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vetmom4
vetmom4, Cat Veterinarian
Category: Cat Veterinary
Satisfied Customers: 1916
Experience:  30 years as cat and dog veterinarian, 28 years as practice owner, Past President of SCAV
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One veterinarian conducted a physical examination of my cat,

Customer Question

One veterinarian conducted a physical examination of my cat, and another veterinarian who was not present at the physical examination wrote a diagnostic assessment in his patient record and recommended a prescription renal diet.
If a veterinarian did not conduct a physical examination and was not present at the physical examination, has a Veterinarian-Client-Patient Relationship (VCPR) been established?
Is it legal and ethical for the veterinarian who did not conduct a physical examination to proceed to diagnose him and recommend treatment for a medical condition?
Is a diagnostic assessment a general or preliminary diagnosis?
Is a recommendation to start a prescription renal diet a recommendation for a treatment?
Submitted: 1 year ago.
Category: Cat Veterinary
Expert:  Dr. Michael Salkin replied 1 year ago.

I'm sorry that your question wasn't answered in a timely manner. To answer you directly, there's no prohibition for another vet to offer a second opinion about a case including care not previously mentioned. This is good standard of care in multiple vet practices. The primary vet can elect to follow new recommendations or not and so the VCPR isn't broken. This is no different than "having rounds" in a human hospital. Please note that the second vet can offer a diagnosis and recommend treatment but neither the initial vet nor you is bound to accept that diagnosis or treatment. A diagnostic assessment, then, may involve one or many vets including specialists asked to become involved in the case. Yes, a prescription renal diet may be part of a new review and recommendations but once again neither the initial vet nor you is bound to follow that recommendation. Please respond with further questions or concerns if you wish.

Customer: replied 1 year ago.
There is no need to apologize for that. I compared your response with my questions to see if you answered a "yes" or "no" to them, and as it turns out, none of my questions were answered. I would like a different expert to answer.
Expert:  vetmom4 replied 1 year ago.

It is legal to prescribe the diet based on objective data such as blood work and urinalysis. I would expect the original veterinarian to speak with you unless there is an extenuating circumstance. Neither do I think it is unethical. Hope that helps. Vetmom4

Customer: replied 1 year ago.
You answered one question with "yes." From the VCPR FAQ on AVMA's website, "If a VCPR is established but your veterinarian does not regularly see your pet afterward, the VCPR is no longer valid and it would be illegal and unethical for your veterinarian to dispense or prescribe medications or recommend treatment without recently examining your pet." Regardless of the data you could see on my pet, you, an online veterinarian, cannot recommend a treatment for a medical condition, because VCPR cannot be established online. The physical examination, VCPR, and subsequent diagnosis and treatment are closely connected and I do not see how a sequence of events could diverge much from this course without raising a medical ethics (AVMA) or legal (state law) issue. If you have any further insight, feel free to share it with me. Could you answer the other questions?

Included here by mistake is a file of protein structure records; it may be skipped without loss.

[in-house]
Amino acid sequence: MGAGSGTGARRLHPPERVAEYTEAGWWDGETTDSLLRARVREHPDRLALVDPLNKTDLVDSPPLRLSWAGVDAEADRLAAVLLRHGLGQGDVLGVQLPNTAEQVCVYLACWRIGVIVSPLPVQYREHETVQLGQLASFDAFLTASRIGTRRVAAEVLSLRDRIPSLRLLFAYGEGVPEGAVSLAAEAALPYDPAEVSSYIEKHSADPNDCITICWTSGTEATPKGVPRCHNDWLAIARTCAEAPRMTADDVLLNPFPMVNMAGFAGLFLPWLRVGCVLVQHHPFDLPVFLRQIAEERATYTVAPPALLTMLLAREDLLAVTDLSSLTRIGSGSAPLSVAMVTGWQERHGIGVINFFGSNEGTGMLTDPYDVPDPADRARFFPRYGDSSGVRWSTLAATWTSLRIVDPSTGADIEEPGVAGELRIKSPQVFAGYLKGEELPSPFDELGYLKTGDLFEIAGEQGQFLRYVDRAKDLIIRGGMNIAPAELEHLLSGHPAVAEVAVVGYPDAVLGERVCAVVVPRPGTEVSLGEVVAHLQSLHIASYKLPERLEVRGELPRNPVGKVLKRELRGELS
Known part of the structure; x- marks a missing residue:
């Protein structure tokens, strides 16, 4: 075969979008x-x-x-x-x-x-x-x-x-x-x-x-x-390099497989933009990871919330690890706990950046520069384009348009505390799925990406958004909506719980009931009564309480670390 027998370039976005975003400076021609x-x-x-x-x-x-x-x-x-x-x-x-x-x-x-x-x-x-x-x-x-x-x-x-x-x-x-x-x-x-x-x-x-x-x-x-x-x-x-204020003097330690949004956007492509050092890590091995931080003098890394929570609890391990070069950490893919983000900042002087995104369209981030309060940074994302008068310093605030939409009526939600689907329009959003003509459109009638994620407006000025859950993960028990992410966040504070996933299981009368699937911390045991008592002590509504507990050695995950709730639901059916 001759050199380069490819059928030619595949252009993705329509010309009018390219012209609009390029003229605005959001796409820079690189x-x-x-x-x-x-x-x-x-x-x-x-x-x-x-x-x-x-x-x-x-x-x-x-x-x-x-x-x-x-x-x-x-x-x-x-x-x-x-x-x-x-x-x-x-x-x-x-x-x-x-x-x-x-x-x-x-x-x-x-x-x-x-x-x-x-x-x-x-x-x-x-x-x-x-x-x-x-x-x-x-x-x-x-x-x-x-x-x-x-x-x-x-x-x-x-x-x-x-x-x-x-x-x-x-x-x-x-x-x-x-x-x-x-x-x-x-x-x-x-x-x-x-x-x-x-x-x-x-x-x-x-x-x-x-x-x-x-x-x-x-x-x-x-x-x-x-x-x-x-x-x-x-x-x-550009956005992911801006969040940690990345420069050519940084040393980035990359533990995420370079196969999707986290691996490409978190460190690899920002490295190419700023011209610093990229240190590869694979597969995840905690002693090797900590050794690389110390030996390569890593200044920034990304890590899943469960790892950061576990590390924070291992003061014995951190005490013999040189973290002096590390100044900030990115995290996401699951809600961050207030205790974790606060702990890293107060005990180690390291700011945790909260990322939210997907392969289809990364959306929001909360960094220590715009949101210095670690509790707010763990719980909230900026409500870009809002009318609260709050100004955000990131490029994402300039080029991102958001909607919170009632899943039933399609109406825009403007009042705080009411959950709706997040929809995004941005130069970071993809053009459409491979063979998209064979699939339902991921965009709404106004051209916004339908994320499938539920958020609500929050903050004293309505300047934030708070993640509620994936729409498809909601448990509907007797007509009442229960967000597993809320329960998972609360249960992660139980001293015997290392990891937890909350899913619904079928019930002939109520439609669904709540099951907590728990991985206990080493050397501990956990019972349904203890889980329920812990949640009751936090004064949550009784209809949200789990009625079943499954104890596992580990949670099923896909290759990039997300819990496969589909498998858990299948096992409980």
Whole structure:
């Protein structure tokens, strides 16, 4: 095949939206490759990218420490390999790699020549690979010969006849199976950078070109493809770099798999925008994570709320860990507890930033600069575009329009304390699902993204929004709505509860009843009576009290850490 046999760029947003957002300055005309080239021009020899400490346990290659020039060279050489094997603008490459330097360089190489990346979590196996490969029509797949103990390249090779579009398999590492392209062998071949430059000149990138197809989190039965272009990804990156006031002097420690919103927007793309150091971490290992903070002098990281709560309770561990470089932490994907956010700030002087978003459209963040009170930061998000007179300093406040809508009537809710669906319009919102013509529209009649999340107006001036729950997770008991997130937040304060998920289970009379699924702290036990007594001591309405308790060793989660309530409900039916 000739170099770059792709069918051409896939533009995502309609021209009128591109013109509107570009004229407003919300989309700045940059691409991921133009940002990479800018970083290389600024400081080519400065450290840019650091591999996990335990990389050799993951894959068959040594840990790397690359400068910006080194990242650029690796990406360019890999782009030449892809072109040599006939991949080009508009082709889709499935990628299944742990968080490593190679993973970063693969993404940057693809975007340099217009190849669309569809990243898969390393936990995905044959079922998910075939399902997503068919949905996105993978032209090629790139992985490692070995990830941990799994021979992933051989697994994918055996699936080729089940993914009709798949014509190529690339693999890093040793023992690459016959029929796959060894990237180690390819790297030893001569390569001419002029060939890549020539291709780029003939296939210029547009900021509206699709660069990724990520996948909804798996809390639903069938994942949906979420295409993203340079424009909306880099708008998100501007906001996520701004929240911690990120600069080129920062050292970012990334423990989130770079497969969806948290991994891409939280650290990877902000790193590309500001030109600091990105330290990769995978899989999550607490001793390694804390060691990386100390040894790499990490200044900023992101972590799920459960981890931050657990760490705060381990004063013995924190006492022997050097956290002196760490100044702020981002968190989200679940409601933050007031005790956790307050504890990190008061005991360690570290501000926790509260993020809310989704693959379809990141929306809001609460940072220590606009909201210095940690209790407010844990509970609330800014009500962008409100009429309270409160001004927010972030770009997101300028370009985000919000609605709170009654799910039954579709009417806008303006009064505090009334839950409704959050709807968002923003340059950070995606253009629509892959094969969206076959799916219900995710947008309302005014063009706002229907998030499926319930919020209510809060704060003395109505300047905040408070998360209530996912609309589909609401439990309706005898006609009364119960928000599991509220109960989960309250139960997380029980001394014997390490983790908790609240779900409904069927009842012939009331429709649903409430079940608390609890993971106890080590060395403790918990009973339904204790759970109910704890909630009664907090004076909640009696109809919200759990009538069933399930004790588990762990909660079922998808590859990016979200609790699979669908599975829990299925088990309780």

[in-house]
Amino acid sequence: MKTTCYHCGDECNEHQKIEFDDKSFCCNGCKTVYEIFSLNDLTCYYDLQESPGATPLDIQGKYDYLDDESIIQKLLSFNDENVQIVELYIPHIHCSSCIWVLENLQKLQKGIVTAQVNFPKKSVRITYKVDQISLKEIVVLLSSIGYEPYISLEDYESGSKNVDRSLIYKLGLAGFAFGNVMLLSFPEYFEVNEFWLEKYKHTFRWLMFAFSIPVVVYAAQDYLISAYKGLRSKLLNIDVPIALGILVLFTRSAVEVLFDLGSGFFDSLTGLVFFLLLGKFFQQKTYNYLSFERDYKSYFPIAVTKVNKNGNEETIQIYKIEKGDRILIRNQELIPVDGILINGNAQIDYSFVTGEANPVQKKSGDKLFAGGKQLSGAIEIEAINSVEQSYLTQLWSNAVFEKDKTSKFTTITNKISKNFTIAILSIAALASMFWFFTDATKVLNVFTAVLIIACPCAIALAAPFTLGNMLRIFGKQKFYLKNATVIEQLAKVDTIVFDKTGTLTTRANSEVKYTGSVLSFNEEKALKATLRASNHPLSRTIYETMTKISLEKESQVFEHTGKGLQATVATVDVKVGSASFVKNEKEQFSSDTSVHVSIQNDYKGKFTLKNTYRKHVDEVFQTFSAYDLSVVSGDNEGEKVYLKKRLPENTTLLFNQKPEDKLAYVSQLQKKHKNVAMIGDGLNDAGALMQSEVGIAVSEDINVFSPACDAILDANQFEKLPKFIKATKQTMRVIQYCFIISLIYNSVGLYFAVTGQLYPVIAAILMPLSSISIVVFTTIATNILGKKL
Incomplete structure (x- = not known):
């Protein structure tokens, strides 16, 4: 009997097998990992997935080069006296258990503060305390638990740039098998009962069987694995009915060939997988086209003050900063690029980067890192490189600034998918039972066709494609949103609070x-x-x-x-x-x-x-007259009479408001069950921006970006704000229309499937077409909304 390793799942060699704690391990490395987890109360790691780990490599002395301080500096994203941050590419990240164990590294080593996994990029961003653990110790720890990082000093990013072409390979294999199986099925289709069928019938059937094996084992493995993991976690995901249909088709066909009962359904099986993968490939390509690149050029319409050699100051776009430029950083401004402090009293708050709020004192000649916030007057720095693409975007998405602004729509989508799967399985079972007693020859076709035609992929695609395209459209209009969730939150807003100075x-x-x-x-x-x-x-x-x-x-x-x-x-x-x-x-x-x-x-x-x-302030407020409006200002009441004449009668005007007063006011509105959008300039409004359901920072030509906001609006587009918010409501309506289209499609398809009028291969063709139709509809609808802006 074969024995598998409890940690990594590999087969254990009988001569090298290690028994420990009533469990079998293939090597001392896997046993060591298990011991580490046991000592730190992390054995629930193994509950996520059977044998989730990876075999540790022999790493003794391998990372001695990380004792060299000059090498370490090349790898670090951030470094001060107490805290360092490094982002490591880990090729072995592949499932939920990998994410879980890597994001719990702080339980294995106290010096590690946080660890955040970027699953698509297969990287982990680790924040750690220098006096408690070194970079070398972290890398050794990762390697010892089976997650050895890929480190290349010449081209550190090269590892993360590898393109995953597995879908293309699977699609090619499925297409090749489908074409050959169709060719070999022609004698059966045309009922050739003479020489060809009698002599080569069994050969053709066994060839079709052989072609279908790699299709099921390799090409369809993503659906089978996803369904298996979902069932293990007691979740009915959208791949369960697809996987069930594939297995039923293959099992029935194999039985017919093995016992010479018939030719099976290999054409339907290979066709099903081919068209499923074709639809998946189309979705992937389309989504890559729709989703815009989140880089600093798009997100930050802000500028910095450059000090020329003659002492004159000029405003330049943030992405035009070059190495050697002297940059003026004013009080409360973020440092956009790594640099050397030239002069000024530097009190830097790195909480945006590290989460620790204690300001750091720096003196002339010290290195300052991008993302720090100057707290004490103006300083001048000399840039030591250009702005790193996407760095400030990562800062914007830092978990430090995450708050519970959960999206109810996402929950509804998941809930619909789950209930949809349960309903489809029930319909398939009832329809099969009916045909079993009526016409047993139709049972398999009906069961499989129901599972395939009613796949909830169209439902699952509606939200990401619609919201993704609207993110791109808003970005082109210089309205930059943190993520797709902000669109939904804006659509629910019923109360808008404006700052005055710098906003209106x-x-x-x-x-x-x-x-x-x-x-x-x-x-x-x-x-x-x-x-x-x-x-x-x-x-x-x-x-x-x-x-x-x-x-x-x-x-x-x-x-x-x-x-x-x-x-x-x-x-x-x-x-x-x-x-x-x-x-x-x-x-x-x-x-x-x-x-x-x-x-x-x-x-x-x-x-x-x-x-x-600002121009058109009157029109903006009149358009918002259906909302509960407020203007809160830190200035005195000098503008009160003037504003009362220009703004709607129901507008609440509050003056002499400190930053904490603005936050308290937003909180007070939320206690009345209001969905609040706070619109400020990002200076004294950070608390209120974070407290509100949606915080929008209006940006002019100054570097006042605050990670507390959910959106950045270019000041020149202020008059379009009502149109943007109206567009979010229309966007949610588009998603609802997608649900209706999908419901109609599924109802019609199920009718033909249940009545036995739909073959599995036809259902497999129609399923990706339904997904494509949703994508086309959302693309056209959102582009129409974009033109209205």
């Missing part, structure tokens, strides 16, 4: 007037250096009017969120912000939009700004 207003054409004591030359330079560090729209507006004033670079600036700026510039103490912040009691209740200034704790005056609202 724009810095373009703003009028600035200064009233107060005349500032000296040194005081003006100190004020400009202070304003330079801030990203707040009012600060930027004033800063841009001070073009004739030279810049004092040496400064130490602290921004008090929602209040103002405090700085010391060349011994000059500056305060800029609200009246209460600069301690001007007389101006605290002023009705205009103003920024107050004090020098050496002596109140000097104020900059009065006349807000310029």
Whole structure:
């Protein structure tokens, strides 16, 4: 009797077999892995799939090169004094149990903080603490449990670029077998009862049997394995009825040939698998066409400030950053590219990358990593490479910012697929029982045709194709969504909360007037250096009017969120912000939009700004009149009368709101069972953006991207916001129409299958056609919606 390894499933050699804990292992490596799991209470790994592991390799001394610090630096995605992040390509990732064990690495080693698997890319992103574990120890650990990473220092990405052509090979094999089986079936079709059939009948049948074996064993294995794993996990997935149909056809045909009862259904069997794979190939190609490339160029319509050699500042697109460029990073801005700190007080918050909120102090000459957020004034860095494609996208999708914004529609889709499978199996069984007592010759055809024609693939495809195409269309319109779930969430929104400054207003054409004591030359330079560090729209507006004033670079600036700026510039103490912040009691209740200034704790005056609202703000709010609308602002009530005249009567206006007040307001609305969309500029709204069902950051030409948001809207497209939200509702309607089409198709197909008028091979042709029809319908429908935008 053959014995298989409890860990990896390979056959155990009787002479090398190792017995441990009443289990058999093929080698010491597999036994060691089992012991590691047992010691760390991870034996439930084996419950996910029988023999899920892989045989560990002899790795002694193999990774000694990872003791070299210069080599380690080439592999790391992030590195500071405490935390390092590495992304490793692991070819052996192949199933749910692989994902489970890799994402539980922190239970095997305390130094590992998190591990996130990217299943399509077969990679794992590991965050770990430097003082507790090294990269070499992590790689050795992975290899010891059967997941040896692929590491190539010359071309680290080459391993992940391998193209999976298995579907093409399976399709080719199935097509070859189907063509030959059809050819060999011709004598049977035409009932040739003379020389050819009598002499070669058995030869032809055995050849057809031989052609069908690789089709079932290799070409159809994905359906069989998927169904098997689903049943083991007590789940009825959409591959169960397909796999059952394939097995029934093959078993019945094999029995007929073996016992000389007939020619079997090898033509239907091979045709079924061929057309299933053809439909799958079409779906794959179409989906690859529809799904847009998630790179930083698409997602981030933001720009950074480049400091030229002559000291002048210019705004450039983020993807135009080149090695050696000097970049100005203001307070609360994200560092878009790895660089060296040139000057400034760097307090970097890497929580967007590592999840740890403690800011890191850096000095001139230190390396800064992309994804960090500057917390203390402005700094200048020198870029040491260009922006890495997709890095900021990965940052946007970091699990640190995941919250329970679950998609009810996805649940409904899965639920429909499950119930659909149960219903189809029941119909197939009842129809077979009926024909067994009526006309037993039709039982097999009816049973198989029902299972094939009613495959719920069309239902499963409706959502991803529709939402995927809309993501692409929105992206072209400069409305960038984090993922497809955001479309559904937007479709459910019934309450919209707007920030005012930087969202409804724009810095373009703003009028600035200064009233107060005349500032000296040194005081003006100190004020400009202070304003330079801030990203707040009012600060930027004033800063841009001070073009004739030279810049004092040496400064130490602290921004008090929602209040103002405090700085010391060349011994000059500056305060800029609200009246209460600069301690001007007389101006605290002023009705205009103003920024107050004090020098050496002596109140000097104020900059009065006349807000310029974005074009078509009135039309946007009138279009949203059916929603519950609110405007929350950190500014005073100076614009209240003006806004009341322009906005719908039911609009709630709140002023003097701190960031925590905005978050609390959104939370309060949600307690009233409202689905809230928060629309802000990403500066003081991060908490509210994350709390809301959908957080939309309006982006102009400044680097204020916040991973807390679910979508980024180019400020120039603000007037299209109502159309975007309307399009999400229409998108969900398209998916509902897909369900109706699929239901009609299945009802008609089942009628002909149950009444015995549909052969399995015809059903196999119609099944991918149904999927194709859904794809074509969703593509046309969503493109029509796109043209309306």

Expert:  vetmom4 replied 1 year ago.

You are correct on that Practice Laws vary from state to state. You may to contact your state Board of Veterinary Medical Examiners for a definitive on the legal aspect in your state. That being said prescribing a prescription diet like K/d based on just a physical would be a preliminary diagnosis in my opinion. SMDA. BUN, creatinine and urinalysis would be necessary to give a definitive diagnosis. K/D diet is both a recommendation and a treatment. That is why it is a prescription. It is contraindicated in some life stages. The protein is classified as low quantity, high quality. Veterinarians can only recommend. Treatment is up to the owner. Let me know what else I can answer. Kindly. Vetmom

Customer: replied 1 year ago.
You did not answer the other questions. Refer these questions to another expert. Here are the questions,If a veterinarian did not conduct a physical examination and was not present at the physical examination, has a Veterinarian-Client-Patient Relationship (VCPR) been established?
Is it legal and ethical for a veterinarian without a valid VCPR to diagnose a pet with a medical condition and recommend treatment?
Is a diagnostic assessment a general or preliminary diagnosis?
Is a recommendation to start a prescription renal diet a recommendation for a treatment?Additional question,
Is it ethical for a veterinarian to recommend treatment for a medical condition without first diagnosing the medical condition?